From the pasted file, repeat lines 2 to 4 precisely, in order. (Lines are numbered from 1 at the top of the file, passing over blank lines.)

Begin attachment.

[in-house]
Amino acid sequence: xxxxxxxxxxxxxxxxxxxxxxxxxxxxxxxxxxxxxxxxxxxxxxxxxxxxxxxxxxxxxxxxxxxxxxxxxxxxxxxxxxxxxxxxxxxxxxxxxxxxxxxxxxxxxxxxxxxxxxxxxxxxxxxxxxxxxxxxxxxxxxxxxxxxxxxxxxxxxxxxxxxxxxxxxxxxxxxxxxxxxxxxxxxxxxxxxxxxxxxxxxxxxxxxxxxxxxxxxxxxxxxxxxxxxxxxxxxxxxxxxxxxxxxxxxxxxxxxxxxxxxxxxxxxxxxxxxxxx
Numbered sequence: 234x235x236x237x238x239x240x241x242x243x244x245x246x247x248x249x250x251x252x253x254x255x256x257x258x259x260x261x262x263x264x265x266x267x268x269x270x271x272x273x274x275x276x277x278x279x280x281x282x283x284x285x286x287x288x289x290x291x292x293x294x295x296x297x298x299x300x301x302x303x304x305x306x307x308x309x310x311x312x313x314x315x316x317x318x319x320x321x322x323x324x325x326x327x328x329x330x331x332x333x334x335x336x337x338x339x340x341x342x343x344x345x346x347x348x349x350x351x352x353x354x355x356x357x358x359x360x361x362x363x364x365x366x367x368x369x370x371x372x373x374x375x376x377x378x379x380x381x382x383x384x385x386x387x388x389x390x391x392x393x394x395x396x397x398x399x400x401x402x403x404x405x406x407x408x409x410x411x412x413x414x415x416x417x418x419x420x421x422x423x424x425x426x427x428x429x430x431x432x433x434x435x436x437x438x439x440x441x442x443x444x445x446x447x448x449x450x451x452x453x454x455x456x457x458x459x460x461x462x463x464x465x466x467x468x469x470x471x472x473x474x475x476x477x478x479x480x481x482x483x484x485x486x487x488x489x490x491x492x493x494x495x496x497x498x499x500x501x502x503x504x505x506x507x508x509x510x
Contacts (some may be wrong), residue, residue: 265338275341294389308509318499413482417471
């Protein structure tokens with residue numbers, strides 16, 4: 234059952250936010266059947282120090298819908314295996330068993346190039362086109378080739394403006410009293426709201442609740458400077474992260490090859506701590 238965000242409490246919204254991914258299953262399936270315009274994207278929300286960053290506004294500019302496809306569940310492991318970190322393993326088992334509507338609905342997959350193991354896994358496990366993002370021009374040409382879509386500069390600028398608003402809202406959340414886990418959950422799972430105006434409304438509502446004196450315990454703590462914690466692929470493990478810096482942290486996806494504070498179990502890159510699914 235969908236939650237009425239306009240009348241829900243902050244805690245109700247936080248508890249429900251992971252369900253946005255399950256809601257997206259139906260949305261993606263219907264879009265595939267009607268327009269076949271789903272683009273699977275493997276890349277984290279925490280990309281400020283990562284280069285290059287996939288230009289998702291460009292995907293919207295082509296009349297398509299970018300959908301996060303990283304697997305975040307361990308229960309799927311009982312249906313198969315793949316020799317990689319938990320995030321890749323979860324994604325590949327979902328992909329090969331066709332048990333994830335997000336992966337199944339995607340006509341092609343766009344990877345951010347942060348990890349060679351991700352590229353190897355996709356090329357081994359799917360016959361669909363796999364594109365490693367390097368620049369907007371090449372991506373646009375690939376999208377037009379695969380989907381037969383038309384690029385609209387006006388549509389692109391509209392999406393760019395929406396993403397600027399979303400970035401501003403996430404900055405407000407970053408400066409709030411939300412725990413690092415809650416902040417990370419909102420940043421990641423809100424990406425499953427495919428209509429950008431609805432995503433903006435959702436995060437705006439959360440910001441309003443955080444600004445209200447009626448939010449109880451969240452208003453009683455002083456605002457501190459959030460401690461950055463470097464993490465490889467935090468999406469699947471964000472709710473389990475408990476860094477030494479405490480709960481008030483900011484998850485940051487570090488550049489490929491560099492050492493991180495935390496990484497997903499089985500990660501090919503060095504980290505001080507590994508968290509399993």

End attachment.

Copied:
Amino acid sequence: xxxxxxxxxxxxxxxxxxxxxxxxxxxxxxxxxxxxxxxxxxxxxxxxxxxxxxxxxxxxxxxxxxxxxxxxxxxxxxxxxxxxxxxxxxxxxxxxxxxxxxxxxxxxxxxxxxxxxxxxxxxxxxxxxxxxxxxxxxxxxxxxxxxxxxxxxxxxxxxxxxxxxxxxxxxxxxxxxxxxxxxxxxxxxxxxxxxxxxxxxxxxxxxxxxxxxxxxxxxxxxxxxxxxxxxxxxxxxxxxxxxxxxxxxxxxxxxxxxxxxxxxxxxxxxxxxxxxx
Numbered sequence: 234x235x236x237x238x239x240x241x242x243x244x245x246x247x248x249x250x251x252x253x254x255x256x257x258x259x260x261x262x263x264x265x266x267x268x269x270x271x272x273x274x275x276x277x278x279x280x281x282x283x284x285x286x287x288x289x290x291x292x293x294x295x296x297x298x299x300x301x302x303x304x305x306x307x308x309x310x311x312x313x314x315x316x317x318x319x320x321x322x323x324x325x326x327x328x329x330x331x332x333x334x335x336x337x338x339x340x341x342x343x344x345x346x347x348x349x350x351x352x353x354x355x356x357x358x359x360x361x362x363x364x365x366x367x368x369x370x371x372x373x374x375x376x377x378x379x380x381x382x383x384x385x386x387x388x389x390x391x392x393x394x395x396x397x398x399x400x401x402x403x404x405x406x407x408x409x410x411x412x413x414x415x416x417x418x419x420x421x422x423x424x425x426x427x428x429x430x431x432x433x434x435x436x437x438x439x440x441x442x443x444x445x446x447x448x449x450x451x452x453x454x455x456x457x458x459x460x461x462x463x464x465x466x467x468x469x470x471x472x473x474x475x476x477x478x479x480x481x482x483x484x485x486x487x488x489x490x491x492x493x494x495x496x497x498x499x500x501x502x503x504x505x506x507x508x509x510x
Contacts (some may be wrong), residue, residue: 265338275341294389308509318499413482417471